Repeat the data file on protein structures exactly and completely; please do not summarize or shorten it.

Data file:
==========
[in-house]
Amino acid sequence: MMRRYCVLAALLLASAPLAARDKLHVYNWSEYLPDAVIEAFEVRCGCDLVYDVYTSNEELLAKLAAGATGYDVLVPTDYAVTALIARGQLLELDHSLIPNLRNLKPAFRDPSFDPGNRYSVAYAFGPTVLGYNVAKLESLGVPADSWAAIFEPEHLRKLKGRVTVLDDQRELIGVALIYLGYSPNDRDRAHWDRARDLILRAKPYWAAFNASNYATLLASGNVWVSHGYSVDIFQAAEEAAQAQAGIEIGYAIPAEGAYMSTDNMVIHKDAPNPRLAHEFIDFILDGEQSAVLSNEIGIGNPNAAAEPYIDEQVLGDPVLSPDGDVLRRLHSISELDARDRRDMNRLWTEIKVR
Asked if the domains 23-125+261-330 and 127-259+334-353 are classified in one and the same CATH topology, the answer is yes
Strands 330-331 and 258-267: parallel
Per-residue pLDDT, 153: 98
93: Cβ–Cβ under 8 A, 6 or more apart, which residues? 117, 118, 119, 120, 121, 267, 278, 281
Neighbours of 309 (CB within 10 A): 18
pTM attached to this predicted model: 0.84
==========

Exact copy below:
[in-house]
Amino acid sequence: MMRRYCVLAALLLASAPLAARDKLHVYNWSEYLPDAVIEAFEVRCGCDLVYDVYTSNEELLAKLAAGATGYDVLVPTDYAVTALIARGQLLELDHSLIPNLRNLKPAFRDPSFDPGNRYSVAYAFGPTVLGYNVAKLESLGVPADSWAAIFEPEHLRKLKGRVTVLDDQRELIGVALIYLGYSPNDRDRAHWDRARDLILRAKPYWAAFNASNYATLLASGNVWVSHGYSVDIFQAAEEAAQAQAGIEIGYAIPAEGAYMSTDNMVIHKDAPNPRLAHEFIDFILDGEQSAVLSNEIGIGNPNAAAEPYIDEQVLGDPVLSPDGDVLRRLHSISELDARDRRDMNRLWTEIKVR
Asked if the domains 23-125+261-330 and 127-259+334-353 are classified in one and the same CATH topology, the answer is yes
Strands 330-331 and 258-267: parallel
Per-residue pLDDT, 153: 98
93: Cβ–Cβ under 8 A, 6 or more apart, which residues? 117, 118, 119, 120, 121, 267, 278, 281
Neighbours of 309 (CB within 10 A): 18
pTM attached to this predicted model: 0.84